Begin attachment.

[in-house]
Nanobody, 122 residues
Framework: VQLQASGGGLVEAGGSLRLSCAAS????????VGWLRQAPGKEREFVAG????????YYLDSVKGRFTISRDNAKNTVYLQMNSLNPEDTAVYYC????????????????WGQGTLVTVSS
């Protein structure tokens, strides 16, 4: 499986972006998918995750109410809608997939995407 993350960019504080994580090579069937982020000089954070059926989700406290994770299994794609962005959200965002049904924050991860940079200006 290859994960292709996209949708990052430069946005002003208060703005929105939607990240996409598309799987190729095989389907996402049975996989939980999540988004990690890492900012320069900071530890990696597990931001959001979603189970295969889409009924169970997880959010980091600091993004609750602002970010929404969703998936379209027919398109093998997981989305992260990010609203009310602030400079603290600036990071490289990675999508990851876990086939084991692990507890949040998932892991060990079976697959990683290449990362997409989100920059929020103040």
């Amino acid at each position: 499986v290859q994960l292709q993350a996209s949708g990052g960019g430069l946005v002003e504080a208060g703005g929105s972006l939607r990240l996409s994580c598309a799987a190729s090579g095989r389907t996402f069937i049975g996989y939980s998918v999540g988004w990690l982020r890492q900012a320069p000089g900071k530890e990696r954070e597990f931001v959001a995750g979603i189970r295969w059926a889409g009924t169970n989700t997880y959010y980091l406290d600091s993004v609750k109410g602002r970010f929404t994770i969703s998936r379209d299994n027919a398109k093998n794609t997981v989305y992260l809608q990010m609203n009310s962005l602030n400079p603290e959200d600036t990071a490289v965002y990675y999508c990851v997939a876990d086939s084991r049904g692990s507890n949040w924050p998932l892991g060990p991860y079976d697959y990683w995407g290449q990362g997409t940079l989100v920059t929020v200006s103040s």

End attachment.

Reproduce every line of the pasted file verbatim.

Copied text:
[in-house]
Nanobody, 122 residues
Framework: VQLQASGGGLVEAGGSLRLSCAAS????????VGWLRQAPGKEREFVAG????????YYLDSVKGRFTISRDNAKNTVYLQMNSLNPEDTAVYYC????????????????WGQGTLVTVSS
């Protein structure tokens, strides 16, 4: 499986972006998918995750109410809608997939995407 993350960019504080994580090579069937982020000089954070059926989700406290994770299994794609962005959200965002049904924050991860940079200006 290859994960292709996209949708990052430069946005002003208060703005929105939607990240996409598309799987190729095989389907996402049975996989939980999540988004990690890492900012320069900071530890990696597990931001959001979603189970295969889409009924169970997880959010980091600091993004609750602002970010929404969703998936379209027919398109093998997981989305992260990010609203009310602030400079603290600036990071490289990675999508990851876990086939084991692990507890949040998932892991060990079976697959990683290449990362997409989100920059929020103040």
């Amino acid at each position: 499986v290859q994960l292709q993350a996209s949708g990052g960019g430069l946005v002003e504080a208060g703005g929105s972006l939607r990240l996409s994580c598309a799987a190729s090579g095989r389907t996402f069937i049975g996989y939980s998918v999540g988004w990690l982020r890492q900012a320069p000089g900071k530890e990696r954070e597990f931001v959001a995750g979603i189970r295969w059926a889409g009924t169970n989700t997880y959010y980091l406290d600091s993004v609750k109410g602002r970010f929404t994770i969703s998936r379209d299994n027919a398109k093998n794609t997981v989305y992260l809608q990010m609203n009310s962005l602030n400079p603290e959200d600036t990071a490289v965002y990675y999508c990851v997939a876990d086939s084991r049904g692990s507890n949040w924050p998932l892991g060990p991860y079976d697959y990683w995407g290449q990362g997409t940079l989100v920059t929020v200006s103040s």